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Worshipful Company of Clothworkers

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Profiles

  • Roger Vivian (1594 - bef.1653)
    Citizen and Clothworker of London. Merchant trading to Turkey, East India, and France.=Disambiguation=* Please avoid merging this profile with Roger Vivian, son of John and Elinor.* He was not the Tin ...
  • Joseph Usher, Sr (c.1580 - 1669)
    Joseph finished his apprenticeship in the Clothworkers' Company and became a Freeman in 1596. He then became a master. He is recorded for the following events in the Clothworkers' Company:* 1596 Jozeph...
  • Randall Symes (c.1554 - 1599)
    Randall was a Master of the Company of Clothworkers.In his will he names 3 children: Randall, Dorothy, and Elizabeth.
  • Humphrey Burton (b. - bef.1595)
    Eldest son.In 1571 Humphrey became a Freeman of the Company of Clothworkers by Patrimony.Source: londonroll.org
  • James Burton (deceased)
    2nd Son, citizen and clothworker of London.In 1575 James became a Freeman of the Company of Clothworkers by Patrimony.Source: londonroll.org

The Worshipful Company of Clothworkers was incorporated by Royal Charter in 1528, formed by the amalgamation of its two predecessor Companies, the Fullers (incorporated 1480) and the Shearmen (incorporated 1508). It succeeded to the position of the Shearmens' Company and thus ranks twelfth in the order of precedence of Livery Companies of the City of London.

The original craft of the Clothworkers was the finishing of woven woollen cloth: fulling it to mat the fibres and remove the grease, drying it on tenter frames (from which derives the expression ‘to be on tenterhooks’), raising the nap with teasels (Dipsacus) and shearing it to a uniform finish. The Ordinances of The Clothworkers’ Company, first issued in 1532 and signed by Sir Thomas More, sought to regulate clothworking, to maintain standards and to protect approved practices.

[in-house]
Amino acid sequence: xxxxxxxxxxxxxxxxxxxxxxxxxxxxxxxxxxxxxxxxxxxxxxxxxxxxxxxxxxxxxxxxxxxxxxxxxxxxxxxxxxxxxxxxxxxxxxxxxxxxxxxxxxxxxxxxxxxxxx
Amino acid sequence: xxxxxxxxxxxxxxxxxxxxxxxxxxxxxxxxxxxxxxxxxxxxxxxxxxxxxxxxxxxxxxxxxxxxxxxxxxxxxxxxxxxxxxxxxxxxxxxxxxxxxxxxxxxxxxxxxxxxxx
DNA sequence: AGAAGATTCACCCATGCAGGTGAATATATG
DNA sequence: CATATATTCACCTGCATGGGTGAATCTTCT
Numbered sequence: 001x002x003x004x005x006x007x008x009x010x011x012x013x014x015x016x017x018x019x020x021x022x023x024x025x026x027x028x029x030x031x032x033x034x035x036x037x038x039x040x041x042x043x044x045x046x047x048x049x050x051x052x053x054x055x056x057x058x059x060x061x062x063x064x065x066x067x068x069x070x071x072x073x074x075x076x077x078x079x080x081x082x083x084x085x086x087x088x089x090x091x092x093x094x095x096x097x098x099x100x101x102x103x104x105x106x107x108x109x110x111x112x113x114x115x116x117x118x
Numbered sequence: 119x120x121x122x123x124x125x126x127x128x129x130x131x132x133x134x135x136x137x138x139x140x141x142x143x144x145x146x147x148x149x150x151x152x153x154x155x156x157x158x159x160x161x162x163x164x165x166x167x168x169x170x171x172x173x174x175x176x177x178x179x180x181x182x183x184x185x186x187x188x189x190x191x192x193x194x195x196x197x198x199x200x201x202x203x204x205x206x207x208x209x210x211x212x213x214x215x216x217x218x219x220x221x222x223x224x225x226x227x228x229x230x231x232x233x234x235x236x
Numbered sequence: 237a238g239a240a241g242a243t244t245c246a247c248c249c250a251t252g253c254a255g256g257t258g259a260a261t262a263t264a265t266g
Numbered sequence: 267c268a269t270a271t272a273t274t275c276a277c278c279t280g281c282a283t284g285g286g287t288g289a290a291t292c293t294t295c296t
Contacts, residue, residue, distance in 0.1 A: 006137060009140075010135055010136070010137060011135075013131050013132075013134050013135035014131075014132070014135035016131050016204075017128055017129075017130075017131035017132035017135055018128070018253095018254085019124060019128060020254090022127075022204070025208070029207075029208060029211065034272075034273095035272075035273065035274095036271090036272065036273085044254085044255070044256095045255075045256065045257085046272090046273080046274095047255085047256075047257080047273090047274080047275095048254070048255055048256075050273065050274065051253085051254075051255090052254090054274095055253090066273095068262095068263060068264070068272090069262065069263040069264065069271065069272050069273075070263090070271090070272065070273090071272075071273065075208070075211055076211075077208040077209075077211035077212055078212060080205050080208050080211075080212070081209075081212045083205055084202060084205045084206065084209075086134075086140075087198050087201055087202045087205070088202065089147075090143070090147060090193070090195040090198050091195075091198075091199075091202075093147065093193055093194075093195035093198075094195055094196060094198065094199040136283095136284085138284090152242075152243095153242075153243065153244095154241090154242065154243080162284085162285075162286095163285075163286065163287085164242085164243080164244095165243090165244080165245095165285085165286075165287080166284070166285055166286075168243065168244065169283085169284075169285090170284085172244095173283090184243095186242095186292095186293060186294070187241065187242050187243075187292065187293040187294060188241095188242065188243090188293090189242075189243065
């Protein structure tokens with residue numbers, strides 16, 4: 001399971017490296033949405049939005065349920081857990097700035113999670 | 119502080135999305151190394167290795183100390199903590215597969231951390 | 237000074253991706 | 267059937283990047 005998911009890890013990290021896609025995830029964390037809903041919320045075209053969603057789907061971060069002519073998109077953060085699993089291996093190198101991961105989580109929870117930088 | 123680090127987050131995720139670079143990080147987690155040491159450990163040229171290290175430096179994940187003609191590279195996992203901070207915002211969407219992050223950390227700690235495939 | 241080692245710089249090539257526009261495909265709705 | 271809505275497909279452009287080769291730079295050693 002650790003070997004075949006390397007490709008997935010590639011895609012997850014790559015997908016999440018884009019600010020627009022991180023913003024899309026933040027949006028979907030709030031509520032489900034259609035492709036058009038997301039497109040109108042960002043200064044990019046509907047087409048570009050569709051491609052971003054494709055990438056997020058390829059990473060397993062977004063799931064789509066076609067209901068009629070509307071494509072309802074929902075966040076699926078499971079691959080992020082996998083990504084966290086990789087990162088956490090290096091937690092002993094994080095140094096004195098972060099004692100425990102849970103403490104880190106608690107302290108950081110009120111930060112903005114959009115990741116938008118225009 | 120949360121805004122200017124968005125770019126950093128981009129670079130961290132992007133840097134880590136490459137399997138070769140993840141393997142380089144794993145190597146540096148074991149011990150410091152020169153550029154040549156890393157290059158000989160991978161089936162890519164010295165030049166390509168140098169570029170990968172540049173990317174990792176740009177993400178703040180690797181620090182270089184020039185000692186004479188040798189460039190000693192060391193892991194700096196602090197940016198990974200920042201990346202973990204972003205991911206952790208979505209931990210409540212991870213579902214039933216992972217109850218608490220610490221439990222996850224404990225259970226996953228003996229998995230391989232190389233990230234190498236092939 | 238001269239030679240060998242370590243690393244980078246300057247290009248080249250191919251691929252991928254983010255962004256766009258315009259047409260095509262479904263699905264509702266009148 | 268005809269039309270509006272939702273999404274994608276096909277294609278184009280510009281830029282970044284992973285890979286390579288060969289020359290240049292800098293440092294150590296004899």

From the later Middle Ages, cloth production gradually moved away from London, a situation exacerbated by the Great Fire of London and the Industrial Revolution of the 18th and 19th centuries. The charitable role of the Clothworkers' Company nevertheless continued, supported by generous gifts of money and property by members and benefactors.

Nowadays, the Company’s main role is in the charitable sphere, through the Clothworkers' Foundation, an independent charity. Through its grants, the Foundation seeks to improve the quality of life, particularly for people and communities that face disadvantage.

Both the Company and the Foundation operate from Clothworkers' Hall, in Dunster Court, between Mincing Lane and Mark Lane in the City of London. The site was conveyed to a group of Shearmen in 1456 and the present building, completed in 1958, is the sixth on the site. Its immediate predecessor, designed by Samuel Angell and opened in 1860, was destroyed in 1941.

Tracing your Ancestors

If your ancestor was a Citizen and Clothworker of London he or she should appear in the Company’s membership records.

The Company's Archive holds Registers of Freemen from 1545 to the present day and Registers of Apprentices survive for the period 1606-1908. These records represent the Company’s best source of genealogical information about its past members.

These records are available to search online via the Records of London's Livery Companies Online - ROLLCO, a freely accessible resource.

Further reading: Searching for members or those apprenticed to members of City of London livery companies

Please add apprentices, freemen, wardens, and masters of the Clothworkers' Company to this project.

Back to The Livery Companies of the City of London